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View Full Version : Help!! Rookie trying to refinish wood boat.



Jrich
02-24-2002, 03:06 PM
I recently received an old mahogany racing pran (kit) from my father in law. My 13 year old son and I are going to try to finish the boat. It's a project that was started some 35 years ago. I am a novice in boat refinishing but do have extensive experience in auto paint refinish work.
My concerns are what do I use to level the surface and seal before I topcoat. We will be painting the boat not staining/varnishing. Any help would be appreciated.

bob goeckel
02-24-2002, 03:15 PM
once sanded you might want to seal the wood with interlux interthane sealer. then use interlux sanding surfacer. then under coat or not then paint. be aware that marine paint is thin and shows every defect. i use interlux brightside.

Nicholas Carey
02-26-2002, 03:15 PM
Originally posted by Jrich:
I recently received an old mahogany racing pran (kit) from my father in law. My 13 year old son and I are going to try to finish the boat. It's a project that was started some 35 years ago. I am a novice in boat refinishing but do have extensive experience in auto paint refinish work.
My concerns are what do I use to level the surface and seal before I topcoat. We will be painting the boat not staining/varnishing. Any help would be appreciated.Step number one is fairing the hull.

Fill any dings with a mixture of epoxy and microballoons. Resist the urge to use Bondo or any other polyester-based material on your boat. Bondo and Polyester bad. Evil on boats. Polyester resins are not adhesives and will eventually just lift off the wood. Use epoxy instead -- it is an tenacious glue.

Microballoons are microscopic hollow glass bubbles that makes a great fairing compound (even on cars). Mixed with epoxy to a 'peanut butter' consistency, it makes light fairing compound that sands easily.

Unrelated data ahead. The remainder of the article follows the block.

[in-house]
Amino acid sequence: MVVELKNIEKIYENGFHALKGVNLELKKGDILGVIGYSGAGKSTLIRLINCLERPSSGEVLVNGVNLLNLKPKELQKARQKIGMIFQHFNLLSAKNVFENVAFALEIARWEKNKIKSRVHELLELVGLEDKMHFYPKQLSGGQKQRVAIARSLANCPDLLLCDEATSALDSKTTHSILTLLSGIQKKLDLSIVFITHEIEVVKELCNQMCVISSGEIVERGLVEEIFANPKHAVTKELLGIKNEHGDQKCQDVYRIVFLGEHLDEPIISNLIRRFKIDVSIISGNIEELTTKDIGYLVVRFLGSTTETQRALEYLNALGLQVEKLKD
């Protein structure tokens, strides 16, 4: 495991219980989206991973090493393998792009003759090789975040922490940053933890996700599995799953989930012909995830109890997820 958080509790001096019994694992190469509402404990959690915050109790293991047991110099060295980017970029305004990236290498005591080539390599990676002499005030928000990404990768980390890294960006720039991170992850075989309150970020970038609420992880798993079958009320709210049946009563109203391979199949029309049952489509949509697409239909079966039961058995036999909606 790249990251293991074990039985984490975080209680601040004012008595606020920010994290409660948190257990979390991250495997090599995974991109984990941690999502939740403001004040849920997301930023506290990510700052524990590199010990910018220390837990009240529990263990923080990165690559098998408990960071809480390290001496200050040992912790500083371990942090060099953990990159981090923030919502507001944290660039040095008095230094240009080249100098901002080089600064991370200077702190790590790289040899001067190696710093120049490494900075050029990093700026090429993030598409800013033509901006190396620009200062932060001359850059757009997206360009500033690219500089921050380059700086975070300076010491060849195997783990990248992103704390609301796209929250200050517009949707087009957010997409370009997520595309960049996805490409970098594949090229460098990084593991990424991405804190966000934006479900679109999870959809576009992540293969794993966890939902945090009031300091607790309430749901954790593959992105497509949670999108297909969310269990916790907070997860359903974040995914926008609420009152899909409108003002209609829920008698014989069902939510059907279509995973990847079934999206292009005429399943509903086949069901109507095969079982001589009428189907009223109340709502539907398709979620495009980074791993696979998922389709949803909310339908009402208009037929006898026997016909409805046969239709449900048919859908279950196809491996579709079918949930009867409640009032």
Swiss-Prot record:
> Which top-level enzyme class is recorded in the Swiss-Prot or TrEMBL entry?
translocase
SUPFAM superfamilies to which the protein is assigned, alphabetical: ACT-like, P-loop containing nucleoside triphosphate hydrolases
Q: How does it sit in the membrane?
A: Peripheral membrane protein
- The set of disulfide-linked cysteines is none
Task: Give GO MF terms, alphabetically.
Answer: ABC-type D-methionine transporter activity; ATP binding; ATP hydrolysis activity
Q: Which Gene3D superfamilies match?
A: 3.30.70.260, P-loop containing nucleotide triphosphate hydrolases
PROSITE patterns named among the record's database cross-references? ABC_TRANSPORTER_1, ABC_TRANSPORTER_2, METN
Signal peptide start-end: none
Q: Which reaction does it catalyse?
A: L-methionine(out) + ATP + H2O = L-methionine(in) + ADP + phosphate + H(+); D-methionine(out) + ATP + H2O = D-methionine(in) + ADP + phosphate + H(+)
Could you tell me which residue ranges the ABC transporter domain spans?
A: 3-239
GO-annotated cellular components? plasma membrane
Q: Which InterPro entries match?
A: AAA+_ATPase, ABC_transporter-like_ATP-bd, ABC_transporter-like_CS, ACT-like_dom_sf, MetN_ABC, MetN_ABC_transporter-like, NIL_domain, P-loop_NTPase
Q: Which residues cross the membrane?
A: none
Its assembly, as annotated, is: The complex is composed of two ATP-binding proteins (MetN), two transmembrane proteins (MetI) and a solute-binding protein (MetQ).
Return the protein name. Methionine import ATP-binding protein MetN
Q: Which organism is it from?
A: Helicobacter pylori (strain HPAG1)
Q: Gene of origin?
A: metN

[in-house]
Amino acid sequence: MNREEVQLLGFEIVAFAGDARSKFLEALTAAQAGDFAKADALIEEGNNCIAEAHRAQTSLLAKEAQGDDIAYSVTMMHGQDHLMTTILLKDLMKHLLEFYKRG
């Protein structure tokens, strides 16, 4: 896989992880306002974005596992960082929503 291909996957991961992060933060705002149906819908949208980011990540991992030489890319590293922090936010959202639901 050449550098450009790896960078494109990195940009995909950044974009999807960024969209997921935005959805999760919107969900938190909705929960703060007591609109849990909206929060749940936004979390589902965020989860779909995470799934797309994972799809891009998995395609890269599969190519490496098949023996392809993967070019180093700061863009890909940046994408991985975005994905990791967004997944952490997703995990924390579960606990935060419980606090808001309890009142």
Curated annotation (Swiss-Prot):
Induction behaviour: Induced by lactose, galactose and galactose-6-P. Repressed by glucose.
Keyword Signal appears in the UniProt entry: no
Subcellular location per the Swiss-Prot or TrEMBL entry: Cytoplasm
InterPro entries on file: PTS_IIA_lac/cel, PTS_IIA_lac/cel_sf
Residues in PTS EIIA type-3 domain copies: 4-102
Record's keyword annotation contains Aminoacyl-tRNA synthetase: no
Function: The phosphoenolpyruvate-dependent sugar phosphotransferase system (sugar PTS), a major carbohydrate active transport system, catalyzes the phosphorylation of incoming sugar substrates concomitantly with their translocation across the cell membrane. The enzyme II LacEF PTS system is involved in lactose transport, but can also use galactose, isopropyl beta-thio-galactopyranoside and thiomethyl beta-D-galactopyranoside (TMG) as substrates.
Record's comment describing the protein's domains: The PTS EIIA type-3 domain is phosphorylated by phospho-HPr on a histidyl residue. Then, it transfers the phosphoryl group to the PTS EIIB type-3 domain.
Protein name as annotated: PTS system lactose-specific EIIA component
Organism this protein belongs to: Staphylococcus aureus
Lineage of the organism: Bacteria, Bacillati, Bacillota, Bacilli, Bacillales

Get a copy of the System 3 epoxy book at http://www.systemthree.com and/or take a look at the Gougeon Brothers (WEST system) at http://www.westsystem.com for more information.

Epoxy and microballons are available from the above two manufacturers as well as from Fiberlay at http://www.fiberlay.com

Depending on how much the hull needs to be faired, you might wind up "long-boarding" the hull -- if you do auto refinishing, you're probably familiar with the might air-powered jitterbug sanding board. A long board is like that, but muscle powered. Helps build strong arms. You can make a long board out of a piece of 1/4 plywood and a couple of knobs. Resist the urge to use power sanders (eg, belt sanders, random orbital, rotory, etc.) -- they are good tools to make large dings and divots in the hull instead of making it fair.

Once the hull is fair and smooth, its just a matter of painting it. And there, like painting a car or a house, the key is preparation, preparation, preparation.

The Interlux Boat Painter's Guide is a good place to start -- http://www.yachtpaints.com/usa -- Interlux makes good products and they have good support -- don't be afraid to call the tech support hot line and ask for advice and/or recommendations. It is in their interests to ensure that you find success with there project.

I called them once about an adhesion problem we were having. They had some good advice and offered to send out the tech rep to come out to the boat and make sure we were doing it right.

Bob Cleek
02-26-2002, 08:45 PM
Well, Nick... I wonder if that "adhesion problem" you were having wasn't directly related to trying to put paint over epoxy and microballoons! LOL Let's not start that debate all over again!

Jrich... run the forum search engine and look for painting tips. There's a million of them in here. I feel safe in saying that the general consensus among those who know is that you sand well, put down Clear Penetrating Epoxy SEALER (this is a specific product... a SEALER, not epoxy adhesive goop) and a base coat of something like Interlux Sanding Undercoat (which sands easily), then hit the dings with Interlux Surfacing Putty or equivalent. Sand that all smooth as a baby's bottom and then apply your gloss topcoat just like you would on a car or any other smooth gloss finish. That's how you paint wood at least. Don't use epoxy and microbaloons because you will have a surface that is a mixture of wood and epoxy, which doesn't bode well for getting a single kind of paint to stick. IMHO...

bob goeckel
02-26-2002, 10:25 PM
you go bob!

Wild Dingo
02-27-2002, 12:21 AM
Aw and he went to all that effort too Bob :(

Did a terrific job of explaining it and everything and you go start all this IMHO stuff mate... sigh... :rolleyes:

Take it easy
Shane

Nicholas Carey
02-27-2002, 01:52 AM
Originally posted by Bob Cleek:
Well, Nick... I wonder if that "adhesion problem" you were having wasn't directly related to trying to put paint over epoxy and microballoons! LOL Let's not start that debate all over again!Actually, it had nothing to do with epoxy. The problen was topcoat (gloss) not adhering to the primer coats.

the final solution was to let the topcoat dry for 3 weeks or so.